International Day of Zero Tolerance to FGM

Posted by Francesca Rutherford on Wednesday 1st February 2017

"The Sustainable Development Goals contain a specific target calling for an end to FGM. When this practice is fully abandoned, positive effects will reverberate across societies as girls and women reclaim their health, human rights and vast potential."

— UN Secretary-General of the United Nations, António Guterres

Female genital mutilation (FGM) involves the performance of procedures that involve altering or injuring the female genitalia for non-medical reasons; these procedures often differ with ethnic group and can include the ritual removal of some or all of the external genitalia. The consequences of such violation can be severe:  infections, cysts, complications during childbirth, and fatal loss of blood.

Globally, it is estimated that at least 200 million girls and women alive today have undergone some form of FGM. If current trends continue, 15 million additional girls between ages 15 and 19 be subjected to it by 2030.

FGM is considered an important part of a society’s culture or identity, and is often carried out by women who have also been cut. For them, it is an honour, and they are afraid to confront the social exclusion that results from not cutting their daughters. It can be difficult for families to decide against having their daughters cut because of these societal, as well as religious, pressures. The act is recognised as a violation of the human rights of girls and women, the result of entrenched inequality between the sexes. It violates their health and security, and their right to be free from torture and degrading treatment. As the procedure can result in death, it also violates their right to life.

Countries with the highest prevalence among girls and women aged 15 to 49 are Somalia 98%, Guinea 97%, and Djibouti 93%. As of 2013, 23.8 million women in Ethiopia have been victim to FGM.

To promote the eradication of this harmful traditional practice, we must make systematic efforts to engage with the entire community – men and women – to alter perceptions of the practice, emphasis societal dialogue, and empower communities to act and protect the rights of women and girls. These efforts must also address the sexual and reproductive health needs of the victims of FGM, as its consequences can be dire.

FGM is mostly carried out on young girls sometime between infancy and age 15. It can cause severe bleeding and health issues including cysts, infections, infertility as well as complications in childbirth increased risk of newborn deaths.

In 2012, the United Nations General Assembly unanimously adopted the first-ever resolution against female genital mutilation, calling for intensified global efforts to eliminate the practice. The United Nations Population Fund (UNFPA) attempts to eradicate FGM on a global scale; the programme operates on seventeen African countries and also supports regional initiatives. In keeping with the Sustainable Development Goals - under Target 5.3 which calls for the elimination of all harmful practices – the UN and UNFPA are attempting to improve the lives of women around the globe by eliminating this practice.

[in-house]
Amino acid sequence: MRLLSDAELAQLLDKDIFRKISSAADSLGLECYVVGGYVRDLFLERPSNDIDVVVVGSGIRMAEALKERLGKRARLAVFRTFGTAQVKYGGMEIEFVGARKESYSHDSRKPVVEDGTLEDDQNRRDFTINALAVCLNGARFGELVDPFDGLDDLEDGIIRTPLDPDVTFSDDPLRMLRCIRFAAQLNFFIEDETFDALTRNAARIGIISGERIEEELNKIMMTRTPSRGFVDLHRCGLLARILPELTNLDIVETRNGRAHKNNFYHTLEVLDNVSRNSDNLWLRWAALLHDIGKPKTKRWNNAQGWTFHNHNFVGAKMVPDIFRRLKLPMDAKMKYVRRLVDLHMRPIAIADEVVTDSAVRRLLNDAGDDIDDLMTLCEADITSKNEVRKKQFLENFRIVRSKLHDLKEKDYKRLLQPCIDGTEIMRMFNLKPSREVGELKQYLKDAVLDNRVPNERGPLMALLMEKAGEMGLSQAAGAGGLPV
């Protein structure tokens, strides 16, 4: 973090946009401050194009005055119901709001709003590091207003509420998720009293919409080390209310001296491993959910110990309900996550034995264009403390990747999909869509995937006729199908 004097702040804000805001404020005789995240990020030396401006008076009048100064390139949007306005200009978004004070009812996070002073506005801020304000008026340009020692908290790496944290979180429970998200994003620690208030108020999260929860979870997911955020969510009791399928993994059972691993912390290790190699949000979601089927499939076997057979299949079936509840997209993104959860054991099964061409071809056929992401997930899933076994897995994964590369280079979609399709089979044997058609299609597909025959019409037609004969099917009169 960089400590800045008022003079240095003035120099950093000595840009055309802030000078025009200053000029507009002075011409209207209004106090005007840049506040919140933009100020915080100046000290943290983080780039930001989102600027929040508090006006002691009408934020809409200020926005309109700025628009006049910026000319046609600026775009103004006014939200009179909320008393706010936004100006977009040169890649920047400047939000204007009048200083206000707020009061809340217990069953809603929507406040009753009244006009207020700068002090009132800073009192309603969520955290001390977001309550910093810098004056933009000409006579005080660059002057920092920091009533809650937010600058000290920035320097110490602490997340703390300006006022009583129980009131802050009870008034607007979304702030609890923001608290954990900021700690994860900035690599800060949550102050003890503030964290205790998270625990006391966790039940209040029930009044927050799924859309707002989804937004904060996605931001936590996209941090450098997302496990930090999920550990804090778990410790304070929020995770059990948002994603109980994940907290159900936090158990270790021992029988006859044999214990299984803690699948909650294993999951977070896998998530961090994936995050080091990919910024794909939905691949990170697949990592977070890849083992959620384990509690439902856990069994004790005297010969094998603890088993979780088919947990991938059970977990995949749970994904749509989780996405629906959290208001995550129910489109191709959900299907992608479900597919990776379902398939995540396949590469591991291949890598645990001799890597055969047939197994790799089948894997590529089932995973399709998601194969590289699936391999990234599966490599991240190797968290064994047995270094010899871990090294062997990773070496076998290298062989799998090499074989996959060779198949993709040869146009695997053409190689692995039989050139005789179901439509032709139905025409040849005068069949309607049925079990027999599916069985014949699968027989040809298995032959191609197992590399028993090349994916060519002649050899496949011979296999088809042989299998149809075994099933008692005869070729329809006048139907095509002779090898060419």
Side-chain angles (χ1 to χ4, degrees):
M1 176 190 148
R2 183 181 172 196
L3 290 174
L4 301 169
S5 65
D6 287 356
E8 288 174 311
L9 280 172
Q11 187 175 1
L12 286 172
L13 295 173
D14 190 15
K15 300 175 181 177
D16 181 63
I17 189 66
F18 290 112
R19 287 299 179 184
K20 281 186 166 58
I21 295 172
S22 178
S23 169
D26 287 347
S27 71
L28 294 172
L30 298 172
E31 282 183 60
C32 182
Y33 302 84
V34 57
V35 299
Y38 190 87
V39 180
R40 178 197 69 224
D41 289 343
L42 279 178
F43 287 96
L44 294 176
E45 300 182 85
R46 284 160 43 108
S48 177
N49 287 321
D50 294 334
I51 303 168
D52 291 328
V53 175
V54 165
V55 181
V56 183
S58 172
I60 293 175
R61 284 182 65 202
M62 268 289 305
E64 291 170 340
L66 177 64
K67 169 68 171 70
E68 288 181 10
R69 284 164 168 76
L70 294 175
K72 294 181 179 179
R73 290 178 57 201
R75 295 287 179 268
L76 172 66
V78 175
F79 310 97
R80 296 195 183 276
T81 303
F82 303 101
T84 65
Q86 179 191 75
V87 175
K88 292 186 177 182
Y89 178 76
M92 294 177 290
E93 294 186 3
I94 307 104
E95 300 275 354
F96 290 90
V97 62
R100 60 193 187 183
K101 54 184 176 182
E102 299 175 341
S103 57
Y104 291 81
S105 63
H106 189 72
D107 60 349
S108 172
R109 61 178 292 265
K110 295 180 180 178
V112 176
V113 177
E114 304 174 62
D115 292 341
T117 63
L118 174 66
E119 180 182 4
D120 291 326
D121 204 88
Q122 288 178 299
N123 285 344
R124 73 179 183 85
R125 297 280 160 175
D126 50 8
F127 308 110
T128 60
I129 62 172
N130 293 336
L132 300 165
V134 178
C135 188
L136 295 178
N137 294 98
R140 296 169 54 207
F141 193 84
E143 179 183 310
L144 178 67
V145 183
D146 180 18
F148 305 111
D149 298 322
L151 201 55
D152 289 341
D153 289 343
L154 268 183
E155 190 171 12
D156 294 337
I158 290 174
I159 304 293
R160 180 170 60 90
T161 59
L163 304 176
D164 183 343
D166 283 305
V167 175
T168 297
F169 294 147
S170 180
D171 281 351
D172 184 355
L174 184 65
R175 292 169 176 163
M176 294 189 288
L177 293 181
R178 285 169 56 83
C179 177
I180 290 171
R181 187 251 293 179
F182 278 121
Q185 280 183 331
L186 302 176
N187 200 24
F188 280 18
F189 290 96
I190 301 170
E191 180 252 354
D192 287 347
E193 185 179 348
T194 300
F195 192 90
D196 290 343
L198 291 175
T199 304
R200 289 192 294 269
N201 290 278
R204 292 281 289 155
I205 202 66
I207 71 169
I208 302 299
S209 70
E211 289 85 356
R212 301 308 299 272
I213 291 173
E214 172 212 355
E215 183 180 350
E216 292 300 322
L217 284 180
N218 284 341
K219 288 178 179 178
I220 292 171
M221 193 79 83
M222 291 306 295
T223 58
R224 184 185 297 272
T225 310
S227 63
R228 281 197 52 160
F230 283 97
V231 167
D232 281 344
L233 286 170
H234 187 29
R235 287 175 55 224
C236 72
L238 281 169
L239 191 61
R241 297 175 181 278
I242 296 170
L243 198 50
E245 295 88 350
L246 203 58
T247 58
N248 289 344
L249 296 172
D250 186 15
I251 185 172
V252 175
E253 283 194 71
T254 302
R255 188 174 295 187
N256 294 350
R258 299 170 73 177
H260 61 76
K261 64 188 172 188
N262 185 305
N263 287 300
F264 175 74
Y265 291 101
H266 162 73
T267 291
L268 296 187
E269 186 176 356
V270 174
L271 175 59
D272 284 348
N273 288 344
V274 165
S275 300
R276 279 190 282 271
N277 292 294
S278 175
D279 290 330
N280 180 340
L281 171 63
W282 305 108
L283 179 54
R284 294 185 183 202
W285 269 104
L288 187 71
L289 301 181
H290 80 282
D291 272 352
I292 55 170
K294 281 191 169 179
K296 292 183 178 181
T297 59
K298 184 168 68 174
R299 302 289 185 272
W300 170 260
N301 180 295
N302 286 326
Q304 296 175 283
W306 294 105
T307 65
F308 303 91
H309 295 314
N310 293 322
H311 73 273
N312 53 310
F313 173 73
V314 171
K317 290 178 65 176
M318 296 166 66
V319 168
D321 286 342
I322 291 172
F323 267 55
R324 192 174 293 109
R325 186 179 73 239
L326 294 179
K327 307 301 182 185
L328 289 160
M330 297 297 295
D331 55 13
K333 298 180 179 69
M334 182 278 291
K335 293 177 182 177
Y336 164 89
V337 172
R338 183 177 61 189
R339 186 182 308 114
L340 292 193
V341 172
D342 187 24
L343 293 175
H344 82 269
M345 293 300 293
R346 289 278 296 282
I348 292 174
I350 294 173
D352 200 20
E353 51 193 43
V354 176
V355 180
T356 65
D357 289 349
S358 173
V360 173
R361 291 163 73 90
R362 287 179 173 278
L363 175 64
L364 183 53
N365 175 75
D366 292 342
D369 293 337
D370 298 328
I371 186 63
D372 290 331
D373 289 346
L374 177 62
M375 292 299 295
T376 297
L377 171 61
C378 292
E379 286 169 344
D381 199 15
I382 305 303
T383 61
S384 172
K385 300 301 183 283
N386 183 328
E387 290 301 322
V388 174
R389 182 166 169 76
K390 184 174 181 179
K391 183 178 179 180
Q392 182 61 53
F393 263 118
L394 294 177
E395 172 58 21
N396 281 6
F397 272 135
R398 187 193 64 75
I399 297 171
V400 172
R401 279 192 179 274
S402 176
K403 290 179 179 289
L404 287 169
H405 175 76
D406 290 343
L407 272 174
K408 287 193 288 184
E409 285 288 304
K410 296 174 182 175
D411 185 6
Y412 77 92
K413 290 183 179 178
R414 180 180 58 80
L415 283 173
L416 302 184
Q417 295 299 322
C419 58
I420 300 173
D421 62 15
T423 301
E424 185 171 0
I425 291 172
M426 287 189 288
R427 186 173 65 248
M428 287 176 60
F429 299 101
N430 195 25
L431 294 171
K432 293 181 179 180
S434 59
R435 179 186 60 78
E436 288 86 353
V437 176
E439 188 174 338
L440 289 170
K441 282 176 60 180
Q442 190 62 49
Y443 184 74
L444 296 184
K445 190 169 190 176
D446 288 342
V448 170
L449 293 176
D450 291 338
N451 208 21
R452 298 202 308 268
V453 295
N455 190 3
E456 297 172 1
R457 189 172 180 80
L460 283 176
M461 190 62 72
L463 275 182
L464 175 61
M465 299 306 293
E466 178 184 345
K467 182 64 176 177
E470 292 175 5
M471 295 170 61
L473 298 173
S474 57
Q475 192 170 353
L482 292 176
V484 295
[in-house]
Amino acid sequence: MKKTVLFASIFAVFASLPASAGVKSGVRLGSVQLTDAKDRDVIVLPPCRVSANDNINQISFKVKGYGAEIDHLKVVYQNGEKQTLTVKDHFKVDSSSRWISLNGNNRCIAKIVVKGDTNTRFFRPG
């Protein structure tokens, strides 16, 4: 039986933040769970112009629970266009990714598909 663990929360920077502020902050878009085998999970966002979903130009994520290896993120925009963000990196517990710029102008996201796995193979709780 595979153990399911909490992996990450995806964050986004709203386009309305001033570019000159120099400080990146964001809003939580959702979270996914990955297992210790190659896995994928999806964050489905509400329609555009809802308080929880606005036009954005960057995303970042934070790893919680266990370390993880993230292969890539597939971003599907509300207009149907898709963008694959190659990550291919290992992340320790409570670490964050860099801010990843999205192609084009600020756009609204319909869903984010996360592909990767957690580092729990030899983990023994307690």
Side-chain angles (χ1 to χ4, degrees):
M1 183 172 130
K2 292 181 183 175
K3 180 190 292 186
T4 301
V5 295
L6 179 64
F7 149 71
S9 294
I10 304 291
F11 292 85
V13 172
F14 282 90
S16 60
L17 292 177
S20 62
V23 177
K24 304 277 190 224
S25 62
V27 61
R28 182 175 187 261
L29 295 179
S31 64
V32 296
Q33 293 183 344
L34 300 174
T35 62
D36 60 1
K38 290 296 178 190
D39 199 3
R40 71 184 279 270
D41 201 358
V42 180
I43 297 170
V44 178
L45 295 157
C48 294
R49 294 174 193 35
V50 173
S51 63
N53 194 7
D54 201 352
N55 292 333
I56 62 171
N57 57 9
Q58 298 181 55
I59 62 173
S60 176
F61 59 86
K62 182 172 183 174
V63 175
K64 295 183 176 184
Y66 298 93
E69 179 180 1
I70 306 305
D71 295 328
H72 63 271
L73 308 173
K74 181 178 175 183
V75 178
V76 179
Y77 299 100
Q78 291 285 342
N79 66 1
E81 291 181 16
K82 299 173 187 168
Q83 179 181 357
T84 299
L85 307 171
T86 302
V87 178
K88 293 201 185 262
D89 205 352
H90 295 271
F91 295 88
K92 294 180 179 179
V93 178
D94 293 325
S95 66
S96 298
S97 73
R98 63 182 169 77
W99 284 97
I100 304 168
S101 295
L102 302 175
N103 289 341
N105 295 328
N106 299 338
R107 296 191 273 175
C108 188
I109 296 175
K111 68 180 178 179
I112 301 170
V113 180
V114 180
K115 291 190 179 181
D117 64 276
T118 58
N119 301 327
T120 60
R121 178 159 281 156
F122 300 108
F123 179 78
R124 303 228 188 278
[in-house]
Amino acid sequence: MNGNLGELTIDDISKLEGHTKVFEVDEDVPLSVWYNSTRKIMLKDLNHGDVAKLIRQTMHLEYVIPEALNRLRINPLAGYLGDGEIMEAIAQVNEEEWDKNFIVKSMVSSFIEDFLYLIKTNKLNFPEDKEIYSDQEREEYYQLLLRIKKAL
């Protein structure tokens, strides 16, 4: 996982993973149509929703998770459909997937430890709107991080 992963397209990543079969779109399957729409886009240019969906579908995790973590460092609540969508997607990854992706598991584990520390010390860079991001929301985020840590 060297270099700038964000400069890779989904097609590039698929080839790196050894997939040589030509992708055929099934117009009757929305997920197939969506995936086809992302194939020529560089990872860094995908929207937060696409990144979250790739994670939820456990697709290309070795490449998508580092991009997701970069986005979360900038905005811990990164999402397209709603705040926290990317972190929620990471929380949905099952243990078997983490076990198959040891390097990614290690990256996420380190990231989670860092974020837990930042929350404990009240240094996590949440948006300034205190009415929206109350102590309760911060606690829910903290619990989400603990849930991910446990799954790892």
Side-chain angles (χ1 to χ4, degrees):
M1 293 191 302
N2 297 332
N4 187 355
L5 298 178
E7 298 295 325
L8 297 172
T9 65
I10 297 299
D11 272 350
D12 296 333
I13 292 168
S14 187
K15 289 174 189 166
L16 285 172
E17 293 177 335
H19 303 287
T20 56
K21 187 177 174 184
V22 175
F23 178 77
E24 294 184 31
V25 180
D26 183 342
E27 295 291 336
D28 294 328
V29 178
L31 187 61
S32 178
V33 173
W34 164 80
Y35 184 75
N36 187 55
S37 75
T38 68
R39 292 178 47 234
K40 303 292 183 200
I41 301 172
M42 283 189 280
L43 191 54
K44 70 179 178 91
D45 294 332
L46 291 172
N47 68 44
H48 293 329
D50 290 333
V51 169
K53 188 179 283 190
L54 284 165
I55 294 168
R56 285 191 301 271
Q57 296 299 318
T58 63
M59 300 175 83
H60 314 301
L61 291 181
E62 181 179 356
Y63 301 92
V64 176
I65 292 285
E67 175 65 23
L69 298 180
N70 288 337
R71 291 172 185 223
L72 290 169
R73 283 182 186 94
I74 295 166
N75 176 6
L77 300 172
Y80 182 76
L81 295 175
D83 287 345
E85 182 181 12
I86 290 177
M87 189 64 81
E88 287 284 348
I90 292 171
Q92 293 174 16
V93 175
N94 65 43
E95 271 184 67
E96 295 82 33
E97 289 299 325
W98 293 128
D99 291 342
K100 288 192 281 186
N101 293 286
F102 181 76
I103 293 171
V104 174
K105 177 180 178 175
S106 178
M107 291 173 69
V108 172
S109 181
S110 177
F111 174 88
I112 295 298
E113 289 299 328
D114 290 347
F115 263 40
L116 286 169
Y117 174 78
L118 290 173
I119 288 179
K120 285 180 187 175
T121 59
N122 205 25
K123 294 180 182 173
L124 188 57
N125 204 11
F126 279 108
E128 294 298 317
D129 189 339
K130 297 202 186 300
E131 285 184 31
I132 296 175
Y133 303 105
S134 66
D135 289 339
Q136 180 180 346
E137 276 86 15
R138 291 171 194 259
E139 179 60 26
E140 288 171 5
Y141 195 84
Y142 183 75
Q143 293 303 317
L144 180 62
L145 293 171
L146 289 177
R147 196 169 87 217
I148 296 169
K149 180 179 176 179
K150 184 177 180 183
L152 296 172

WHERE WE COME IN...

The Afar Pastoralist Development Association (APDA) is our trusted partner working to eradicate female genital mutilation (FGM) in the Afar region of Ethiopia. In 2016, APDA were able to overcome a series of challenges to provide their care. Working in the most severely affected drought region in Ethiopia, APDA’s women extension workers gave the community the capacity to cope with these difficulties, including drought, flooding, and disease outbreak.

These workers also continued their efforts to raise awareness and encourage clan leaders to stop harmful practices. They engaged local level religious leaders and witnessed productive conversations regarding the dangers of cutting and the benefits of educating and training women. A community radio station has helped deliver important messages regarding FGM as well as early marriage. They also work to persuade FGM practitioners to publicly reject the practice and undertake new professions, and train traditional birth attendants to actively discourage FGM, counsel expectant mothers, and conduct post-natal check-ups. APDA also seeks to educate families on the multiple health issues faces women and girls. Despite these vital changes, there is still more work to do.

OUR SUCCESSES...

  • In 2016, approximately 50,000 women were made aware of the risks of FGM and were supported and/or received counselling
  • The number of female extension workers has now increased to 30, meaning an even wider area can be reached
  • A new community radio service was set up in the Afar region with clear messages about the need to stop harmful practices, especially FGM and early marriage

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